You’ve probably heard a lot about school budget cuts. And when you do, you usually hear big numbers like the $120 million that San Diego Unified estimates it has to slash from its budget. But to really understand what the cuts mean, I decided it was time to think small.
Really small. Juarez Elementary is blink-and-miss-it small. Only 267 kids learn and play on its tiny Serra Mesa site. It’s so small I accidentally drove past it the first time I went for a visit.
Now it has just two weeks to decide how to live on nearly $125,000 less than it did this year, juggling decisions the school board normally has to reckon with. And I’m going to follow along with the school as it does.
There are a few good reasons to think small. Seeing what the cuts mean at a single small school is easier to wrap your brain around than a bureaucrat’s litany of cuts. Besides, many of the hard choices about what to cut won’t be made at school board meetings this year. They’ll be made at schools like Juarez.
San Diego Unified this year is leaving decisions about what to cut to the schools. Small schools like Juarez will get more per pupil than larger ones because they cost more to run, continuing the longstanding practice in San Diego Unified. But that doesn’t mean they’re not cut.
That is where Juarez Elementary sits now. It faces an 11 percent cut in its basic funding compared to last year. San Diego Unified is guaranteeing them a principal and a minimum number of teachers. The central offices will also provide some basic services, including a shared set of nurses and computer help.
But if Juarez wants anything else — a school clerk, a library assistant, a copier — it has to pay for it out of its $143,000 allocation. It would cost Juarez more than $230,000 to keep all of its current staff and supplies, including an assistant and a school clerk and part-time help with guiding kids, tracking attendance, running the library and tending to kids’ health needs. It’s already a pretty small staff.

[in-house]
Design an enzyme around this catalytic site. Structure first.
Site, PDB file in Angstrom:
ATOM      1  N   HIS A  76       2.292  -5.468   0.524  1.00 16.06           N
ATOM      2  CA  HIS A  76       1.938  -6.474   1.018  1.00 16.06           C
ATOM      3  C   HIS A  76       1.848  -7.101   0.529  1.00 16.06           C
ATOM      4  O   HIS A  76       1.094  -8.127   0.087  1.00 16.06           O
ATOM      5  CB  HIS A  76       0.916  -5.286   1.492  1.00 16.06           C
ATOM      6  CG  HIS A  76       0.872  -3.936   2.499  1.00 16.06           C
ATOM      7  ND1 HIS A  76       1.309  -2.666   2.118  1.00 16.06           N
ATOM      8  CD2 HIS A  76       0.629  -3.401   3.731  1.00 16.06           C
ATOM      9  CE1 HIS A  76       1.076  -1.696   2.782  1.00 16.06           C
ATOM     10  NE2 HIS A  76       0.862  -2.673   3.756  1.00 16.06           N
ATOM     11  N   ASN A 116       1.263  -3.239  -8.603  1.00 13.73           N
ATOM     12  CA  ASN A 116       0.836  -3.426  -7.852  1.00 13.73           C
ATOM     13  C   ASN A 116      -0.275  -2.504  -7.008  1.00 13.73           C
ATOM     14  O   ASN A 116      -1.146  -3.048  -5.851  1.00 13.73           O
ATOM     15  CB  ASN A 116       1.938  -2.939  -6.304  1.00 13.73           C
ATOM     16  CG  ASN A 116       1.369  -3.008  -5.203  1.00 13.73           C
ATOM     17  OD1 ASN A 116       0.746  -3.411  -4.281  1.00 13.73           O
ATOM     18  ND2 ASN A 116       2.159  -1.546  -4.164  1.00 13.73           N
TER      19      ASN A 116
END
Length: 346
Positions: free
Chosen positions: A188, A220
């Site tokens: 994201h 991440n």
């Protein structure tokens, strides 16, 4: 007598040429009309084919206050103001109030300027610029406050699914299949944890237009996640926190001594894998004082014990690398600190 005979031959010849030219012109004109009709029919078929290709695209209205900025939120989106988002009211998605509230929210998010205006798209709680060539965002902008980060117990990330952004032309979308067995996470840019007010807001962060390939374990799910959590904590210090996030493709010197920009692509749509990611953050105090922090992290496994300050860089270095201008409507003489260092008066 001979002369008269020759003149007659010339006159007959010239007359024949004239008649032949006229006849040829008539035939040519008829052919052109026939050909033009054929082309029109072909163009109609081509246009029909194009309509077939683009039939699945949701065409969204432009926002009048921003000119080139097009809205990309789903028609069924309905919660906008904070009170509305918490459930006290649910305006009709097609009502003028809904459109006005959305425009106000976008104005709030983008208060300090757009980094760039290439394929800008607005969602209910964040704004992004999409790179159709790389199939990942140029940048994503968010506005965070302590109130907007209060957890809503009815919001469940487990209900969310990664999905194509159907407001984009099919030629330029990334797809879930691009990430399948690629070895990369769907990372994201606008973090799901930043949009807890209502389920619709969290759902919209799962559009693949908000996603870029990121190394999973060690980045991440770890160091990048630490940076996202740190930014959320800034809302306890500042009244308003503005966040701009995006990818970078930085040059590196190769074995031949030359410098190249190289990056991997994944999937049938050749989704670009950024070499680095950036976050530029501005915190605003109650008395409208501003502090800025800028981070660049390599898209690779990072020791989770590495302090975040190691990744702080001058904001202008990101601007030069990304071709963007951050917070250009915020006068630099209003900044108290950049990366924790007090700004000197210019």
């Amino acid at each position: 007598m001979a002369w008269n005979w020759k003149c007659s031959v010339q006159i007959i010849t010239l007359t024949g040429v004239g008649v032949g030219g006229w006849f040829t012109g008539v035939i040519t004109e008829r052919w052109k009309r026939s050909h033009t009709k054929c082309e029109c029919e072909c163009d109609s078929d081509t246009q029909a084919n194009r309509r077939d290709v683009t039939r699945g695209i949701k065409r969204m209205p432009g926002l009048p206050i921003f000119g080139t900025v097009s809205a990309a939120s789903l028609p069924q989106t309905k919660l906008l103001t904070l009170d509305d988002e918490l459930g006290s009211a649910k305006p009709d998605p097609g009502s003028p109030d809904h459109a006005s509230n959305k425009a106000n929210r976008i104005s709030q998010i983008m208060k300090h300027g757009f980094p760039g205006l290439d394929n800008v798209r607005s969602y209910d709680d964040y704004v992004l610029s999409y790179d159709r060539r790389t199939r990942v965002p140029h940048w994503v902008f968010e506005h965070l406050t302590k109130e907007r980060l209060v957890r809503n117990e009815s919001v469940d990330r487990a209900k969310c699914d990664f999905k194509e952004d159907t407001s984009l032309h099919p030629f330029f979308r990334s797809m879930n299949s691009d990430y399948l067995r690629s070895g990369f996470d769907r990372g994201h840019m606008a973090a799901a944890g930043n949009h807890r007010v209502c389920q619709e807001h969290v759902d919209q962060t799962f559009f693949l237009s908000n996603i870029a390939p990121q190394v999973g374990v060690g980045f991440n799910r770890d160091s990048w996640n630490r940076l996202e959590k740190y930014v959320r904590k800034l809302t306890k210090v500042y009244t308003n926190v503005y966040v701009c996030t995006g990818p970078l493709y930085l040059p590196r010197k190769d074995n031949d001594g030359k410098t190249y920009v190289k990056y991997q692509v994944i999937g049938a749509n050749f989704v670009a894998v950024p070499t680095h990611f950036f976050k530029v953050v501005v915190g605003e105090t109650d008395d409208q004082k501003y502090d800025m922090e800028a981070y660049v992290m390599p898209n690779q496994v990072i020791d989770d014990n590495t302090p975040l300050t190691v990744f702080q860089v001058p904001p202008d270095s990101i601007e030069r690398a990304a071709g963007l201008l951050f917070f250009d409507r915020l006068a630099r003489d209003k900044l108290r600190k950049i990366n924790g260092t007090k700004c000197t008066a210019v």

Juarez also gets federal money for disadvantaged students and English learners, along with some grants. It expects to get roughly $9,400 less than it did last year, largely because of disappearing state grants.
Those funds pay for a teacher who works with English learners — nearly 50 percent of its kids — and special teachers who help “push in” to classrooms for an intensive session called Power Hour. And losing one grant meant that Juarez has to find another way to pay for its copier, which costs $10,000 a year.
Wednesday morning, five teachers, one school assistant and a mom sat huddled over thermoses of coffee in a cold library, trying to make sense of the numbers that Principal Marceline Marques got just a day and a half ago. While the new governor just came out with a new budget, nobody at Juarez was quite sure what that would mean. They had heard K-12 schools would be spared, but only if taxes pass.
“Changes happen. We don’t really know. Right now we have to plan with what we have,” Marques said.
What makes all this planning especially hard is that everyone knows exactly who is behind the budget numbers. Cutting the school assistant would mean cutting Treasure Love, who was jotting down notes during the meeting. Trimming back on other employees’ hours so that the school wouldn’t have to pay for benefits — which sometimes outstrip their salaries — would hurt people they know.
Next Juarez will take its tough decisions to parents. Check back soon for an update on how Juarez goes through the painful process of cutting itself and what it ultimately puts on the chopping block.
Correction: The original version of this post said Juarez had 241 students, based on the projected student enrollment numbers for Juarez. The post has been updated with the actual figure, which is 267. We regret the error.